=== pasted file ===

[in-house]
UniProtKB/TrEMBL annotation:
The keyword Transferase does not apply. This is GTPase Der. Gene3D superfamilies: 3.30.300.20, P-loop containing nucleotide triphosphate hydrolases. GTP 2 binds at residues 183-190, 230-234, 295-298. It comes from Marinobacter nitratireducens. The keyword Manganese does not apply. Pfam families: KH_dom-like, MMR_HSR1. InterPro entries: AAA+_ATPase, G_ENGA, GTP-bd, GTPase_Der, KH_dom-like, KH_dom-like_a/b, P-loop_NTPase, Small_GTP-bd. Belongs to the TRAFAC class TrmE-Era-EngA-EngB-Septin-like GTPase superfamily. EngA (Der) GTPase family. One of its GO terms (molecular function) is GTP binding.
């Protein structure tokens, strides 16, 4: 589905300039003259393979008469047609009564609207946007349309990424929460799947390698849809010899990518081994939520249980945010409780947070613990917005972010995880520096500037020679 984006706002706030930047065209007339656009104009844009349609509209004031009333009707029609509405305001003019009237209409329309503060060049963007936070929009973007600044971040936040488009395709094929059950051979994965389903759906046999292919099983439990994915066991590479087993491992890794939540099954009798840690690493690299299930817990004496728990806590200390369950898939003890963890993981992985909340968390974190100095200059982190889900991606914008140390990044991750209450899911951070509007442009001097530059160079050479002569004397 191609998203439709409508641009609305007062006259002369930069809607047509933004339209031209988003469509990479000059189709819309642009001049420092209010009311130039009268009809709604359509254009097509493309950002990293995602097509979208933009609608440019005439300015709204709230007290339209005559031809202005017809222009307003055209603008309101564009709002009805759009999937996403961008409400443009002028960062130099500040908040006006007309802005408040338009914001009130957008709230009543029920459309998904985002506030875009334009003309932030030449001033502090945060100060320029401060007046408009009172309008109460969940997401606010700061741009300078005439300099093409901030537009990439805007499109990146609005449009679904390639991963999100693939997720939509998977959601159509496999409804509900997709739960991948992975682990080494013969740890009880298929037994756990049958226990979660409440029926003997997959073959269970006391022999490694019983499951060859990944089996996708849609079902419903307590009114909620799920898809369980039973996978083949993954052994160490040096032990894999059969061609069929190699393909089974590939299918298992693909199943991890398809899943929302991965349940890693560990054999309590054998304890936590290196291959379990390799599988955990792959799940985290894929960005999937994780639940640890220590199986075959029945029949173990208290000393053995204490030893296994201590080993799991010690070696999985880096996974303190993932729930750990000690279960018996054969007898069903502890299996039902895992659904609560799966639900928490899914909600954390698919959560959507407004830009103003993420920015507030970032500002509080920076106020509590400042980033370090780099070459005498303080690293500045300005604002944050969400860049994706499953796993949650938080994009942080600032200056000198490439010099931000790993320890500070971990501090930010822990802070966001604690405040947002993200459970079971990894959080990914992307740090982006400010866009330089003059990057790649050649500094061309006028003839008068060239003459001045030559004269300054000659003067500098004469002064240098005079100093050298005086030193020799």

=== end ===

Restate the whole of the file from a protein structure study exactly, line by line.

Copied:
[in-house]
UniProtKB/TrEMBL annotation:
The keyword Transferase does not apply. This is GTPase Der. Gene3D superfamilies: 3.30.300.20, P-loop containing nucleotide triphosphate hydrolases. GTP 2 binds at residues 183-190, 230-234, 295-298. It comes from Marinobacter nitratireducens. The keyword Manganese does not apply. Pfam families: KH_dom-like, MMR_HSR1. InterPro entries: AAA+_ATPase, G_ENGA, GTP-bd, GTPase_Der, KH_dom-like, KH_dom-like_a/b, P-loop_NTPase, Small_GTP-bd. Belongs to the TRAFAC class TrmE-Era-EngA-EngB-Septin-like GTPase superfamily. EngA (Der) GTPase family. One of its GO terms (molecular function) is GTP binding.
């Protein structure tokens, strides 16, 4: 589905300039003259393979008469047609009564609207946007349309990424929460799947390698849809010899990518081994939520249980945010409780947070613990917005972010995880520096500037020679 984006706002706030930047065209007339656009104009844009349609509209004031009333009707029609509405305001003019009237209409329309503060060049963007936070929009973007600044971040936040488009395709094929059950051979994965389903759906046999292919099983439990994915066991590479087993491992890794939540099954009798840690690493690299299930817990004496728990806590200390369950898939003890963890993981992985909340968390974190100095200059982190889900991606914008140390990044991750209450899911951070509007442009001097530059160079050479002569004397 191609998203439709409508641009609305007062006259002369930069809607047509933004339209031209988003469509990479000059189709819309642009001049420092209010009311130039009268009809709604359509254009097509493309950002990293995602097509979208933009609608440019005439300015709204709230007290339209005559031809202005017809222009307003055209603008309101564009709002009805759009999937996403961008409400443009002028960062130099500040908040006006007309802005408040338009914001009130957008709230009543029920459309998904985002506030875009334009003309932030030449001033502090945060100060320029401060007046408009009172309008109460969940997401606010700061741009300078005439300099093409901030537009990439805007499109990146609005449009679904390639991963999100693939997720939509998977959601159509496999409804509900997709739960991948992975682990080494013969740890009880298929037994756990049958226990979660409440029926003997997959073959269970006391022999490694019983499951060859990944089996996708849609079902419903307590009114909620799920898809369980039973996978083949993954052994160490040096032990894999059969061609069929190699393909089974590939299918298992693909199943991890398809899943929302991965349940890693560990054999309590054998304890936590290196291959379990390799599988955990792959799940985290894929960005999937994780639940640890220590199986075959029945029949173990208290000393053995204490030893296994201590080993799991010690070696999985880096996974303190993932729930750990000690279960018996054969007898069903502890299996039902895992659904609560799966639900928490899914909600954390698919959560959507407004830009103003993420920015507030970032500002509080920076106020509590400042980033370090780099070459005498303080690293500045300005604002944050969400860049994706499953796993949650938080994009942080600032200056000198490439010099931000790993320890500070971990501090930010822990802070966001604690405040947002993200459970079971990894959080990914992307740090982006400010866009330089003059990057790649050649500094061309006028003839008068060239003459001045030559004269300054000659003067500098004469002064240098005079100093050298005086030193020799």